By Christopher Ohms, director, supply chain, Rigel Pharmaceuticals Inc.
Over the last three decades, there has been a vast number of medications, innovations, and technologies aimed at helping patients. And over the same period, more and more companies have leveraged the skillsets of CMOs/packaging organizations to help with these advancements. Collaborative efforts made by the sponsor and the CMO, coupled with a well-defined process grounded in design thinking, can lead to improved patient compliance.
Design thinking is not a new way to approach a solution, and it is not just about making something new; design thinking is rooted in how a solution is approached and why something new is developed. If used appropriately between a sponsor and CMO, it can be invaluable in tackling complex problems to ensure patients receive the treatments they need. Design thinking works well where the issues are ill-defined and complex, the issues and solutions take into consideration the human need and empathy with the end user, and the problems can be reframed in human-centric ways. There are five main steps to the design thinking process. These include:
- defining the state of the user’s needs and problems
- ideating or creating ideas
- prototyping to start solutions
START WITH THE END USERS’ NEEDS, CONCERNS
Empathy is a concept shared by the pharmaceutical industry and design thinking; that is, consideration centered on the end users’ needs for medical treatment and the basis of the approach is paired. For this article, assume an orally administered dosage form (i.e., tablet) has been developed and needs to be packaged in a manner that is compliant, safe, and acceptable to the patient. And we have awareness the medication is not being taken because of some stigma within the patient population due to something about the way the product is packaged. Using the steps associated with design thinking, a unified effort by the sponsor and the CMO can be applied to develop a packaging configuration to address treatment managed by the patient.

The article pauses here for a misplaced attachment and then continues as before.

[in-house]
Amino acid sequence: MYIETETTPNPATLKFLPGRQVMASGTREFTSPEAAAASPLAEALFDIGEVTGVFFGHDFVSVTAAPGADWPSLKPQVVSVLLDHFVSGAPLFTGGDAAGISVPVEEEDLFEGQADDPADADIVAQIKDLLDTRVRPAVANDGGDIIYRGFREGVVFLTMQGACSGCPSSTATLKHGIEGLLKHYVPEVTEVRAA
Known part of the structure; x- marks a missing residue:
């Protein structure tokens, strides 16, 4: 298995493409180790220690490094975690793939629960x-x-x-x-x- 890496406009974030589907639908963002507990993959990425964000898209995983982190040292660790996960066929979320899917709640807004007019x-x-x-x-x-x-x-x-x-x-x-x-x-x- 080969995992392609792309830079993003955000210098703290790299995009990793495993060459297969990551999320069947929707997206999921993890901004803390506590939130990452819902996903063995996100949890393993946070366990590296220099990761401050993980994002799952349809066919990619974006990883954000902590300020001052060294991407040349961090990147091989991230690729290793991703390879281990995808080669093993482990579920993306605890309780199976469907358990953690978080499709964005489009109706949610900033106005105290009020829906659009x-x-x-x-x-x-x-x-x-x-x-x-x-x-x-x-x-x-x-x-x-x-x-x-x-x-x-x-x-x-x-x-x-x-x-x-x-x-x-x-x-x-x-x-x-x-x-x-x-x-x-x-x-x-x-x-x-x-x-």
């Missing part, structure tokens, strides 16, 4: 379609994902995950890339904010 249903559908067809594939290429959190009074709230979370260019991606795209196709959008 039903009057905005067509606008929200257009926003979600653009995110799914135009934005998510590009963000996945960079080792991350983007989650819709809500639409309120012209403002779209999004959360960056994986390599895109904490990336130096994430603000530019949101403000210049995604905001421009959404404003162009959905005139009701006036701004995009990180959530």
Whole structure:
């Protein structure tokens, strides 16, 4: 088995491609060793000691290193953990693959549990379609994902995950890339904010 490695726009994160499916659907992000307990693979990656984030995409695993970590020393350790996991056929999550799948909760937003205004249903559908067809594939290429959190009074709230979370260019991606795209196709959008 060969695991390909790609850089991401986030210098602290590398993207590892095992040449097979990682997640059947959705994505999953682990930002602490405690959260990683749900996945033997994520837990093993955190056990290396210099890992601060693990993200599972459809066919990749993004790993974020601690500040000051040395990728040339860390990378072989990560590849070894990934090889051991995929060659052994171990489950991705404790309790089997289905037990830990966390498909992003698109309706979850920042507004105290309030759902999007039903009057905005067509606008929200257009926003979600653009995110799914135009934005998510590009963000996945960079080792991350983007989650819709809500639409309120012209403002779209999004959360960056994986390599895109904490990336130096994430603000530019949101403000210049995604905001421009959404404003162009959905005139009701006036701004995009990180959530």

Packaging and labeling are a blend of science, regulation, and art. And while most of the research and development of a pharmaceutical product is placed on the formulation, so much of the product’s success rests in the packaging and labeling for the intended population of people taking the medicine. It is not just about how novel or interesting the commercial packaging looks — though that certainly is a factor — but it is also about understanding the needs of the intended patient population to ensure they maintain compliance during the treatment regimen.
How the medicine is packaged and used and what types of issues the patient is facing in managing the illness are interlinked considerations. All too often, a sponsor can lose sight of a patient’s struggles and barriers. For example, some patients living with certain diseases face incredible stigma, and this stigma can undermine treatment access, uptake, and adherence. Further, what may be acceptable in one part of the world may pose challenges for another.
In sub-Saharan Africa, a great number of people are living with HIV or AIDS and face various degrees of social stigma as a result. As part of a treatment regimen, patients are given antiretroviral therapy (ART) in the form of a tablet. Typically, tablets are packaged in plastic bottles. As subtle as it sounds, the rattling noise from the drug container could pose (and has posed) a nuisance to patients, resulting in their feeling exposed to more stigma as they go along their daily activities. Consequently, some patients either cease treatment to avoid the added stigma or remove the tablets from the bottle and in so doing subject the tablets to damage or contamination.